On any given night there are more than 600,000 homeless citizens of the United States who do not have indoor shelter. Most live in urban communities and are consigned to finding places to sleep wherever they can, beneath bridges or in parks, alleyways, and culverts, sometimes in tents and sometimes not, sometimes in cars and sometimes simply on public streets and walkways. Their presence is often perceived by those not so unfortunate as a public nuisance and so, not surprisingly, there has been something of an explosion of laws nationwide that criminalize all manner of behaviors which penalize people for being homeless.
The assumption, it seems, is that we can address the “problem” of homelessness by making it more or less invisible in public spaces, and if we can’t do that then we will at least label it as deviant by making it illegal. It is not entirely clear how effective such a strategy might actually be, since such laws are typically not accompanied with sufficient alternatives to “house” or otherwise accommodate such individuals. But there is a larger problem, for it assumes that homelessness is a moral aberration that somehow mitigates one’s rights as a citizen to occupy and utilize public spaces. The issue is not whether the homeless are “deserving” or not of their condition, nor for that matter whether their very presence undermines economic commerce in certain areas or neighborhoods, but whether a liberal-democratic society can function effectively by refusing civic (or human) rights to citizens on the basis of their socio-economic status.
Put differently, it seems likely that the condition of homelessness is not about to go away anytime soon—indeed, as some have argued it is endemic to the social, political, and economic worlds in which we live—and its not clear how the polity is served by treating the homeless as a group whose civil rights are nugatory. The man sleeping on a public street in Berkeley, CA in the photograph above has been homeless for ten years and it is not likely that his condition will change anytime soon. Declaring him a criminal and denying him access to the public parks and streets does nothing to address either the “problem” of homelessness or to promoting a democratic culture predicated on egalitarian principles. At their best, such laws simply cast the homeless as scapegoats for a situation with which we are otherwise uncomfortable, and thus making it less visible to the public gaze. But even at that, we have to recognize that, as in the photograph above, there will always be those like the young child who stare cannot be fully controlled. How much better might it be to imagine the homeless as citizens and to accord them the basic right to be in public spaces?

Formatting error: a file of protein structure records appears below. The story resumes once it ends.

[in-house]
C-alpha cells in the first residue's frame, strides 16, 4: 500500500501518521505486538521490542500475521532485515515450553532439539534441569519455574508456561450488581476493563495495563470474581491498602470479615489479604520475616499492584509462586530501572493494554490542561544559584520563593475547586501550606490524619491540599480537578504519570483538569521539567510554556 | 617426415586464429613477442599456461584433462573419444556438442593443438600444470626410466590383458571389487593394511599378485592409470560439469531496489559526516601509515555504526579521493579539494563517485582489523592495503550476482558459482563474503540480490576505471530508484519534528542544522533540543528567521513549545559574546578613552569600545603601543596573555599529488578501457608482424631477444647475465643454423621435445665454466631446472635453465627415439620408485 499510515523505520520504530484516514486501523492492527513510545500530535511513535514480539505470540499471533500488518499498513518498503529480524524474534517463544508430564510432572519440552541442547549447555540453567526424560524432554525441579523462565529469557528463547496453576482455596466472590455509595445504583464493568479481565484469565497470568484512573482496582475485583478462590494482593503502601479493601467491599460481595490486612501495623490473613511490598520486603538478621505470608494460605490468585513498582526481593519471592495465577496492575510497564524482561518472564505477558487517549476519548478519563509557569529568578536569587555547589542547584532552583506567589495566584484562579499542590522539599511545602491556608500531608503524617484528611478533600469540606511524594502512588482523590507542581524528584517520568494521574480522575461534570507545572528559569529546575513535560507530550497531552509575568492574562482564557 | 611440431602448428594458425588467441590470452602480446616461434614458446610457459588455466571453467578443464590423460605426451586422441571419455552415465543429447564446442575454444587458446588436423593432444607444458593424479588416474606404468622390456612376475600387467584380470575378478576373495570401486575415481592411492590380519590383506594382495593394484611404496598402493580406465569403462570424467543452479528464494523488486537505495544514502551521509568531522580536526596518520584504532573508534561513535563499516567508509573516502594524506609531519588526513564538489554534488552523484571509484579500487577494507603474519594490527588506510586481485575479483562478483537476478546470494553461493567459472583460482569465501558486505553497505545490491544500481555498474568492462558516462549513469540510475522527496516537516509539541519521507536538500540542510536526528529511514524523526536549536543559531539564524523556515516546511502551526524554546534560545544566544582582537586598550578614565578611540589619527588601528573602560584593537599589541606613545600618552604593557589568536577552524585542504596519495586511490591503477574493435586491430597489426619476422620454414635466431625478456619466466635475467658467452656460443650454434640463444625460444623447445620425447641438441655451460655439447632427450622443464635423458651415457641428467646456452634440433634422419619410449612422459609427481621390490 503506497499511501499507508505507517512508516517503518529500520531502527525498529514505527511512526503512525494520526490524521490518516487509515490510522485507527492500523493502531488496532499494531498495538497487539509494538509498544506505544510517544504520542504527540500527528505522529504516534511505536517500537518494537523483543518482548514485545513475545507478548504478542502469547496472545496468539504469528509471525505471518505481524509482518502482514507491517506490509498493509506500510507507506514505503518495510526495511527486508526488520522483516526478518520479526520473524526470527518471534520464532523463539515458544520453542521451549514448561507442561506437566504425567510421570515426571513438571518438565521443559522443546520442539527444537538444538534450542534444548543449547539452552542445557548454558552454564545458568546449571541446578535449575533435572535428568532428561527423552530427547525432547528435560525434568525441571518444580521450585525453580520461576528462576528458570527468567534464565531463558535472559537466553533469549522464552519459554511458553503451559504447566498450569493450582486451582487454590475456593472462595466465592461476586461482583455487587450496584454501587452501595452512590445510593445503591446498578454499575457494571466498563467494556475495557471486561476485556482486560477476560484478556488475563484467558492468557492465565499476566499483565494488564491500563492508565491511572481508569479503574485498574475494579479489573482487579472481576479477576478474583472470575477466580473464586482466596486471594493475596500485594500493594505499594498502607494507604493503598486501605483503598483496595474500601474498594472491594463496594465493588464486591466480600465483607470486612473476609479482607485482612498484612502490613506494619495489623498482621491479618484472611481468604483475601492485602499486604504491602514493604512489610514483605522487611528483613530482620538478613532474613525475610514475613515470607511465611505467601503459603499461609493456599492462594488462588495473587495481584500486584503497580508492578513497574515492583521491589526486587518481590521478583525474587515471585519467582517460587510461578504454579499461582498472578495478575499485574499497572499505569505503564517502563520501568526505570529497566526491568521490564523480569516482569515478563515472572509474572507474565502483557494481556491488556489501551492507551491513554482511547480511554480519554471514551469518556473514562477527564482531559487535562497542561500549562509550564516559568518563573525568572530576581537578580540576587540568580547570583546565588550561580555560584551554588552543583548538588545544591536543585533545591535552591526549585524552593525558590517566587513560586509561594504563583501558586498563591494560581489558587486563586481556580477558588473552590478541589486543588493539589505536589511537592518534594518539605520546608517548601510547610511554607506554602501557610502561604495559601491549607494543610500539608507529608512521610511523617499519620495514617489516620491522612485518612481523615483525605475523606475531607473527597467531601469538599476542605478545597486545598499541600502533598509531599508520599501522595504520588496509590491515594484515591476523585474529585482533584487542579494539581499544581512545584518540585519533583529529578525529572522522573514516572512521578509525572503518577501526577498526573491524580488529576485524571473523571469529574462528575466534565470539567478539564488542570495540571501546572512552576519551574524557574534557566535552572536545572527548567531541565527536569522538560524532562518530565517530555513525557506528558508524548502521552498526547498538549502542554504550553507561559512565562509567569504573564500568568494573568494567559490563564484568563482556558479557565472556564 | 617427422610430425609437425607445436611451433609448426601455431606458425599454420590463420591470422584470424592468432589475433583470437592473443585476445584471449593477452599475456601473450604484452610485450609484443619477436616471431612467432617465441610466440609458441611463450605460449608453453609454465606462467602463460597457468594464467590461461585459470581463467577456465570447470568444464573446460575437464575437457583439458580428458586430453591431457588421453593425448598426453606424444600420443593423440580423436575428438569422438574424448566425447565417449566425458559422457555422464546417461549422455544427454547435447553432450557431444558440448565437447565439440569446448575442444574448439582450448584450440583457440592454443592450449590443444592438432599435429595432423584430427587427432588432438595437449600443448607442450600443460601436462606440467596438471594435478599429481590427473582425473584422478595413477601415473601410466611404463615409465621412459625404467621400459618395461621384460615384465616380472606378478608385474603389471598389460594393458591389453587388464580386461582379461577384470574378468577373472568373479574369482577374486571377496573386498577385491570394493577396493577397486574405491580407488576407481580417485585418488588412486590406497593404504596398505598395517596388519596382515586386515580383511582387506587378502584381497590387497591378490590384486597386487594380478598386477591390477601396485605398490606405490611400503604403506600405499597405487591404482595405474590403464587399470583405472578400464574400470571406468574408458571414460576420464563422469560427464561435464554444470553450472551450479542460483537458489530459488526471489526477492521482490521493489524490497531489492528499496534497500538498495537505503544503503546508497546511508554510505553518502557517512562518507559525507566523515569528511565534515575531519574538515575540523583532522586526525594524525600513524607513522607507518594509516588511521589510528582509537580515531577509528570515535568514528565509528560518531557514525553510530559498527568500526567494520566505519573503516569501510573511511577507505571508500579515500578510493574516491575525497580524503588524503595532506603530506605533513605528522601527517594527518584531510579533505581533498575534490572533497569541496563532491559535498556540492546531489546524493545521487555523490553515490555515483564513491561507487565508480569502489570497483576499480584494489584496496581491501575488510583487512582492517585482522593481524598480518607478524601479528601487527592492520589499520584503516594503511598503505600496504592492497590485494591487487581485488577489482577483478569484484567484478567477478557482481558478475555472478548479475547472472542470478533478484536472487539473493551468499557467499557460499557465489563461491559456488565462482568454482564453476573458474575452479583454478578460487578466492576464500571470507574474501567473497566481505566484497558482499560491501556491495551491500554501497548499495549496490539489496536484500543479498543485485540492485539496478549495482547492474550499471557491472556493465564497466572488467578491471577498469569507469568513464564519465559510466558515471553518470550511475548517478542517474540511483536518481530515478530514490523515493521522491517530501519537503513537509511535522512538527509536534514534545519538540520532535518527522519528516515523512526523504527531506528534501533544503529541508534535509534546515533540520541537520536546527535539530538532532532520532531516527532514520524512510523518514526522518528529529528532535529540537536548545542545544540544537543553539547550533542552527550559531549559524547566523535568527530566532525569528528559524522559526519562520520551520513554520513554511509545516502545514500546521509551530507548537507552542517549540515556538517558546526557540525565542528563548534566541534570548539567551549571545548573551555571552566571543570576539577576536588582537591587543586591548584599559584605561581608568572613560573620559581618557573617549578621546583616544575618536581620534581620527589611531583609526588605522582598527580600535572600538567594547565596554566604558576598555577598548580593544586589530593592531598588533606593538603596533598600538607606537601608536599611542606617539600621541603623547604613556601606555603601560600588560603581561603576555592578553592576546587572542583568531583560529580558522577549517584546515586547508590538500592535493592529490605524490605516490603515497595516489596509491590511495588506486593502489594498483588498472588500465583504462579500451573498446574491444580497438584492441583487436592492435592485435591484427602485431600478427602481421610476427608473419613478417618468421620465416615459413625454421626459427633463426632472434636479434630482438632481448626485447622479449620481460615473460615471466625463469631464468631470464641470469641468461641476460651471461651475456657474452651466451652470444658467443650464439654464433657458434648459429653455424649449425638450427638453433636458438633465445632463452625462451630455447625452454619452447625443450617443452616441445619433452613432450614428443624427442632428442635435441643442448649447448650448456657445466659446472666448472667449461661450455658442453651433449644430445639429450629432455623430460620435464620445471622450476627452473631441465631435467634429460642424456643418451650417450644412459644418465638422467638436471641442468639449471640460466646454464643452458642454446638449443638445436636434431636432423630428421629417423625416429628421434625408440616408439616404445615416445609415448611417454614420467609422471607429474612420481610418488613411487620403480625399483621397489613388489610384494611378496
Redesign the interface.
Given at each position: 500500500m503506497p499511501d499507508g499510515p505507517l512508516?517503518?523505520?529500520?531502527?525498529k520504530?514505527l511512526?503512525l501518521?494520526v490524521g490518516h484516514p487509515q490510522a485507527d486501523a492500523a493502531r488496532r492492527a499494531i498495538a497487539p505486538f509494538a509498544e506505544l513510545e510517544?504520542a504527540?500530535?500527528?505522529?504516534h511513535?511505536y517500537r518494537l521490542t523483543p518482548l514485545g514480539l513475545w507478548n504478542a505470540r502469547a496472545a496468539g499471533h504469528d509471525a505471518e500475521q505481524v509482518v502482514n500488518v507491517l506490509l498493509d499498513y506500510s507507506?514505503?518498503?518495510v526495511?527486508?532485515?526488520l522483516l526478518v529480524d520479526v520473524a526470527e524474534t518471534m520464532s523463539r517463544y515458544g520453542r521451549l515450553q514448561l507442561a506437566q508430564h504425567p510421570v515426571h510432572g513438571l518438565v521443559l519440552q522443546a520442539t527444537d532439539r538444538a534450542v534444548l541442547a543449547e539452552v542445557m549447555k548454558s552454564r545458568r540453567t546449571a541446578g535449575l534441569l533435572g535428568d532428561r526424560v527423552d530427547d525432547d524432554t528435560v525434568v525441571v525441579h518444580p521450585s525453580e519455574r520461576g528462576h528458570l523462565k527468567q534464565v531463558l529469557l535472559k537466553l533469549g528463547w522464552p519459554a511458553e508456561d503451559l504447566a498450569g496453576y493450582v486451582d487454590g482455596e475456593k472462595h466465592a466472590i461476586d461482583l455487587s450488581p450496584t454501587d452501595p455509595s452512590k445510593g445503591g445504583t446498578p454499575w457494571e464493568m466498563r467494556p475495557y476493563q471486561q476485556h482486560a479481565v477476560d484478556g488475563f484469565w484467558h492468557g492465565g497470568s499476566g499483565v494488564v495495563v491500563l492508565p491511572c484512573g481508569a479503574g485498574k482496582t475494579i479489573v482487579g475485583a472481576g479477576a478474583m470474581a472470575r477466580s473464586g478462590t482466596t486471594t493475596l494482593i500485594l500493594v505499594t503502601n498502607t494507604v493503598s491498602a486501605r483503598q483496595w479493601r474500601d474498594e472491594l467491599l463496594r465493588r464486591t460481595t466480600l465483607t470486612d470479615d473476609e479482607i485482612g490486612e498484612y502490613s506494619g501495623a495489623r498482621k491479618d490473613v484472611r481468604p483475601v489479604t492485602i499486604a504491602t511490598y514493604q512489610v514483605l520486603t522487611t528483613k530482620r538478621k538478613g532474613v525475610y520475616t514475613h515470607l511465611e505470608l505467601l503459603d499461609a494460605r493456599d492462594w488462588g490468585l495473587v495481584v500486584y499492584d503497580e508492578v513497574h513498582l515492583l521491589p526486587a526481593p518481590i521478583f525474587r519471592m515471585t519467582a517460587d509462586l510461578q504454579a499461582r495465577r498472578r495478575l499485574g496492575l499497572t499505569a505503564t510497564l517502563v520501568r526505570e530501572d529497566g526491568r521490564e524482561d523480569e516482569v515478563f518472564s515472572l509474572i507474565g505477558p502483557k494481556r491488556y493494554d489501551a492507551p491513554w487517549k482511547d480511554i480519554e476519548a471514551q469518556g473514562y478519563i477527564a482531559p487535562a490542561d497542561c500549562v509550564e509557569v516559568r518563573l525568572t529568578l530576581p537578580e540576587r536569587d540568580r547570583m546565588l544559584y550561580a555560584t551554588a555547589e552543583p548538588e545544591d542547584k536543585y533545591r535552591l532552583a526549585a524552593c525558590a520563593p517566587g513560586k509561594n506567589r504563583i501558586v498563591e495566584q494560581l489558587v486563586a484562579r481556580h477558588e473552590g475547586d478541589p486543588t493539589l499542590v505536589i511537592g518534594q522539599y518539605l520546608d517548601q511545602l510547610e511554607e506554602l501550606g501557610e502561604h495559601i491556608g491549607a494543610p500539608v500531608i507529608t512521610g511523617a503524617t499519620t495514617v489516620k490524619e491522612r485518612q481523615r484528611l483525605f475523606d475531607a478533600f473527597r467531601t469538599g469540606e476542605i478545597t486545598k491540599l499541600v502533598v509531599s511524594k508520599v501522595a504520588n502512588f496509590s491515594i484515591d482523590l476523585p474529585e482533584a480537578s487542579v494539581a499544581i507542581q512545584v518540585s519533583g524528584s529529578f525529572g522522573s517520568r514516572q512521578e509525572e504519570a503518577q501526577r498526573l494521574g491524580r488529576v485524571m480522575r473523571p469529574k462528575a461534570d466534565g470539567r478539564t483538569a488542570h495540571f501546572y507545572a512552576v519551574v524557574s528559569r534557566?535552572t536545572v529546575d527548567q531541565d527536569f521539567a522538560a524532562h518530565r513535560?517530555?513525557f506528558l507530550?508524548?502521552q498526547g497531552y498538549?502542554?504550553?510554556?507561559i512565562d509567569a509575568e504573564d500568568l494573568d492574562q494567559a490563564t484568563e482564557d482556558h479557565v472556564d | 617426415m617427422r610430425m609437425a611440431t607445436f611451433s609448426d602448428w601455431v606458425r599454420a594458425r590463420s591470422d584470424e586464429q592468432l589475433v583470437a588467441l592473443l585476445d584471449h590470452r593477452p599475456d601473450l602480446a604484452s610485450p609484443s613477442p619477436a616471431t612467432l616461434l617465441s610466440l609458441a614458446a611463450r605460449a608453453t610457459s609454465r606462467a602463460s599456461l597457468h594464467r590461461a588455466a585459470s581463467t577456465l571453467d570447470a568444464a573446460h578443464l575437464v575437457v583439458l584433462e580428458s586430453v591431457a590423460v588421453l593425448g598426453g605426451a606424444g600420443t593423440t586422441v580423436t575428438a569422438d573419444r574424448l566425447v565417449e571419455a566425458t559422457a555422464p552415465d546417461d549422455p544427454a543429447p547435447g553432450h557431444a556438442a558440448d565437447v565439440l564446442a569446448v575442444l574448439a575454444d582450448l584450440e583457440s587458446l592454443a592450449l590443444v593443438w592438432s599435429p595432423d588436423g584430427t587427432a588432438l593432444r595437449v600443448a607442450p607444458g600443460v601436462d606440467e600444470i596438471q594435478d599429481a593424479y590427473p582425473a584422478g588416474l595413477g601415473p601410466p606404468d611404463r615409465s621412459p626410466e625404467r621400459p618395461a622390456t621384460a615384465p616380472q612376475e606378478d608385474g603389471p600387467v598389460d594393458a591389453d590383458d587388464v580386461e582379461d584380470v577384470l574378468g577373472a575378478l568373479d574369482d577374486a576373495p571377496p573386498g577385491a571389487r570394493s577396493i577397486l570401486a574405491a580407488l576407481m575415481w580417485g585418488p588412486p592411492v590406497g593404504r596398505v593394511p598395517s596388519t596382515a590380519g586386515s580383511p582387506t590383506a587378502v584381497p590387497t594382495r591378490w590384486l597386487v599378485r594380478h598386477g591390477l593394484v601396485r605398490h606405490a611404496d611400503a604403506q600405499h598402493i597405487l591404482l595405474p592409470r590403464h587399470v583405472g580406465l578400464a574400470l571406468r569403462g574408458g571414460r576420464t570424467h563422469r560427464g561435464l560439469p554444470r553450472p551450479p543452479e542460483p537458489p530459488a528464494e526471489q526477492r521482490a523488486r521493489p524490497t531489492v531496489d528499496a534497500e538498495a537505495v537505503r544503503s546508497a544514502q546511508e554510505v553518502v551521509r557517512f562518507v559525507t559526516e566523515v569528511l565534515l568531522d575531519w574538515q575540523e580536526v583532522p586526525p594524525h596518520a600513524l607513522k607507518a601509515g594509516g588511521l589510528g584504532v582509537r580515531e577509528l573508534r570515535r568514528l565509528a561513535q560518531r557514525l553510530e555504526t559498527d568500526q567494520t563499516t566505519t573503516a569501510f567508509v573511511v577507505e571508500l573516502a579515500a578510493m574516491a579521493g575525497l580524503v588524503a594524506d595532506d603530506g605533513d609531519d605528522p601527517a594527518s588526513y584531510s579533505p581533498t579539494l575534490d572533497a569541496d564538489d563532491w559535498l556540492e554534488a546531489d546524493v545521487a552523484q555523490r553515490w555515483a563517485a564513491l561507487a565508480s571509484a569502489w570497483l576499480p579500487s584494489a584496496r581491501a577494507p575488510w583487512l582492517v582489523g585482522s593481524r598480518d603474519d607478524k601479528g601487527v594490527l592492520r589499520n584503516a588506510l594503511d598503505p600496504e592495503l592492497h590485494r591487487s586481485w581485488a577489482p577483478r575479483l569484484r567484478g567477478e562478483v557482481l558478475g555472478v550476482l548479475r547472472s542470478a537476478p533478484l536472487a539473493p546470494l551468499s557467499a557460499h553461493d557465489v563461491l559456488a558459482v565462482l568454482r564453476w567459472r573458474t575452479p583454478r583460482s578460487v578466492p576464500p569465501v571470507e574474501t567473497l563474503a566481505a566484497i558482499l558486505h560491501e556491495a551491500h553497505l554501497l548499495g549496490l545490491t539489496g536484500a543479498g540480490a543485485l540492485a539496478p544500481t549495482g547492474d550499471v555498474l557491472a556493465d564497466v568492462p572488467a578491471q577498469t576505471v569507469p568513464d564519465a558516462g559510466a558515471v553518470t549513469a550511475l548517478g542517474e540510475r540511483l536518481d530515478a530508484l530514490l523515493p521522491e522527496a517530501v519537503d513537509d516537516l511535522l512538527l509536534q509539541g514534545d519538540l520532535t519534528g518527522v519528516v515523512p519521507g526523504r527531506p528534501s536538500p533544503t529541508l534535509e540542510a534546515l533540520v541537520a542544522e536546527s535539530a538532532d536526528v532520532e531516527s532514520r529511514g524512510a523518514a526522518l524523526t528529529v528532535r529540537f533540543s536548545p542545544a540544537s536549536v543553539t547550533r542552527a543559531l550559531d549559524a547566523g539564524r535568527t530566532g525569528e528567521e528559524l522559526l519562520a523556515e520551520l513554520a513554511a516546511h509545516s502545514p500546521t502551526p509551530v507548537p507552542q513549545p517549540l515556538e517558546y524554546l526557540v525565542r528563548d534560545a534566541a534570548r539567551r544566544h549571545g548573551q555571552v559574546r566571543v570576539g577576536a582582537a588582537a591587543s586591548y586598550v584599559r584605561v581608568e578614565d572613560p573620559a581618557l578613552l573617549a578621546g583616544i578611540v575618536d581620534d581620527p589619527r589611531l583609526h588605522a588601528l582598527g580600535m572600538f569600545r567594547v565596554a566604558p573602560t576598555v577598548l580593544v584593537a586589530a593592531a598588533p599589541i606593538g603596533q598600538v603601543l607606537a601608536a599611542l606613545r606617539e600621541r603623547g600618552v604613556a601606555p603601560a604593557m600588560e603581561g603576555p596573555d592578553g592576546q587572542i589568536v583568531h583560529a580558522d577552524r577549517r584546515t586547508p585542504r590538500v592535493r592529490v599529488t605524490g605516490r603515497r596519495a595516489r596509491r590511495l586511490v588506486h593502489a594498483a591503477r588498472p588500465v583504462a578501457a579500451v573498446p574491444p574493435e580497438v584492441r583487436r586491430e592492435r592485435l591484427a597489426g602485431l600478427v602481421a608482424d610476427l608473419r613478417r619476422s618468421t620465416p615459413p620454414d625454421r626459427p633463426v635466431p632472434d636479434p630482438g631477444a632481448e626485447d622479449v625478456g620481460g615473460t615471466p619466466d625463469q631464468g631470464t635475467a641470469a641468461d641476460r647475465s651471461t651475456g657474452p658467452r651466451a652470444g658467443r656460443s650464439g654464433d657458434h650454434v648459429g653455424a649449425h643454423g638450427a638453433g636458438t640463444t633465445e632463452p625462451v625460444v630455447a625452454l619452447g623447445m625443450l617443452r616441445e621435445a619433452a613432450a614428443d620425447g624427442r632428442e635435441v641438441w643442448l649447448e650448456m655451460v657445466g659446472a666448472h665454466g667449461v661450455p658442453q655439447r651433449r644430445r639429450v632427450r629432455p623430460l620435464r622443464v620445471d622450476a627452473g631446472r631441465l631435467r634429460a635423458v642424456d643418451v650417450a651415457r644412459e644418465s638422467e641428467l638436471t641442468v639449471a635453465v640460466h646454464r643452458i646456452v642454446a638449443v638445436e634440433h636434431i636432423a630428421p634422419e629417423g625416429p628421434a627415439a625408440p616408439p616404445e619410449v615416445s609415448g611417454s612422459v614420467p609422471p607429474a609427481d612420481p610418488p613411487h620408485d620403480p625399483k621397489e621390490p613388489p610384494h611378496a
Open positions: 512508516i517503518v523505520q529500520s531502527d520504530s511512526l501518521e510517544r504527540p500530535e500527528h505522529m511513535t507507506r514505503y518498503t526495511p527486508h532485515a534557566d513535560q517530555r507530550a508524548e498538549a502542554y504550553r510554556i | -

Credit: Ramin Rahimian/NYT